13. Genetic drift • Involves the loss, decrease, or increase of an allele in a small population by chance alone. • Eg – ‘population’ of just one couple. Both are heterozygous for brown eyes. • Bb x Bb (phenotype) B or b (genotype) • The couple have 2 kids. The chances of 1 kid being BB is ¼ • Chances of both kids being BB is 1/16 ( ¼ x ¼ ) • Therefore there is a 1/16 change of losing the ‘b’ allele altogether by chance alone.

  14. Genetic drift • Involves the loss, decrease, or increase of an allele in a small population by chance alone. • Eg – ‘population’ of just one couple. Both are heterozygous for brown eyes. • Bb x Bb (phenotype) B or b (genotype) • The couple have 2 kids. The chances of 1 kid being BB is ¼ • Chances of both kids being BB is 1/16 ( ¼ x ¼ ) • Therefore there is a 1/16 change of losing the ‘b’ allele altogether by chance alone.

  15. The Founder effect • If only a few individuals move into a new area, they may only have a few of the available genes from the gene pool of that species.

  16. The Founder effect • If only a few individuals move into a new area, they may only have a few of the available genes from the gene pool of that species. • Isolated islands have shown rapid evolution because of this.

  17. The Founder effect • If only a few individuals move into a new area, they may only have a few of the available genes from the gene pool of that species. • Isolated islands have shown rapid evolution because of this. • It is unlikely that the few individuals that colonise a new area will have the allele frequencies of the original population.

  18. The Founder effect • If only a few individuals move into a new area, they may only have a few of the available genes from the gene pool of that species. • Isolated islands have shown rapid evolution because of this. • It is unlikely that the few individuals that colonise a new area will have the allele frequencies of the original population. • This new ‘founder’ population will have the potential to be different so evolution will occur faster due to different gene pools.

  19. Bottleneck effect • Disasters can reduce a population to a few survivors.

  20. Bottleneck effect • Disasters can reduce a population to a few survivors. • Deaths are often random so the survivors are not representative of the original gene pool.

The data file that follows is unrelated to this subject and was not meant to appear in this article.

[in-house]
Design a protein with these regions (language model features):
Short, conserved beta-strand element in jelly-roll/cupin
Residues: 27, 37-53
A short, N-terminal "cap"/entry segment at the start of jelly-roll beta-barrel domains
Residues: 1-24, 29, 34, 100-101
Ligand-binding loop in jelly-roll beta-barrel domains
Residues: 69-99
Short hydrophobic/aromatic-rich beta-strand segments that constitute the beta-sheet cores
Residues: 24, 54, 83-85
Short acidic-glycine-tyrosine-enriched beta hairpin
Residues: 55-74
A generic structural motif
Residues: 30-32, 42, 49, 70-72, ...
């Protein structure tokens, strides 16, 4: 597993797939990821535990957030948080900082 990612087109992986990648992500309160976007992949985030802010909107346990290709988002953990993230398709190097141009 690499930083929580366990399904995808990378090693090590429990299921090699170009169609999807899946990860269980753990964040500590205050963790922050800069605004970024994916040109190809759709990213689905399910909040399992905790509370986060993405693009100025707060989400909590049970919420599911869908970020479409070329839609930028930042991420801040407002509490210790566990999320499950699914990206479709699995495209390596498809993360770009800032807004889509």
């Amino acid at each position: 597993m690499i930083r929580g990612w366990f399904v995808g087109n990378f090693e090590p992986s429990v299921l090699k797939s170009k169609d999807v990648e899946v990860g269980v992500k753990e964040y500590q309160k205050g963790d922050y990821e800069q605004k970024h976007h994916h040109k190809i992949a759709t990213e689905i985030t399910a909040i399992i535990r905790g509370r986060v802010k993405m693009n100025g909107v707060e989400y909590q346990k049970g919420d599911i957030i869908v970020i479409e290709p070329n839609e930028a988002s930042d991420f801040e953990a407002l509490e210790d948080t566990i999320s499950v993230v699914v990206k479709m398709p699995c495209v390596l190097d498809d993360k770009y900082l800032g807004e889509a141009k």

21. Bottleneck effect • Disasters can reduce a population to a few survivors. • Deaths are often random so the survivors are not representative of the original gene pool. • Some alleles will be above normal number, and some will be lost altogether.

  22. Bottleneck effect • Disasters can reduce a population to a few survivors. • Deaths are often random so the survivors are not representative of the original gene pool. • Some alleles will be above normal number, and some will be lost altogether. • Bottleneck effect reduces genetic variability in the population

  23. Bottleneck effect • Disasters can reduce a population to a few survivors. • Deaths are often random so the survivors are not representative of the original gene pool. • Some alleles will be above normal number, and some will be lost altogether. • Bottleneck effect reduces genetic variability in the population • EG – Chatham Island robin. <5 population. ‘Blue’ a female who had 200 chicks (there is very little genetic variation between them)

  24. Bottleneck effect • Disasters can reduce a population to a few survivors. • Deaths are often random so the survivors are not representative of the original gene pool. • Some alleles will be above normal number, and some will be lost altogether. • Bottleneck effect reduces genetic variability in the population • EG – Chatham Island robin. <5 population. ‘Blue’ a female who had 200 chicks (there is very little genetic variation between them) so survival was touch and go for years.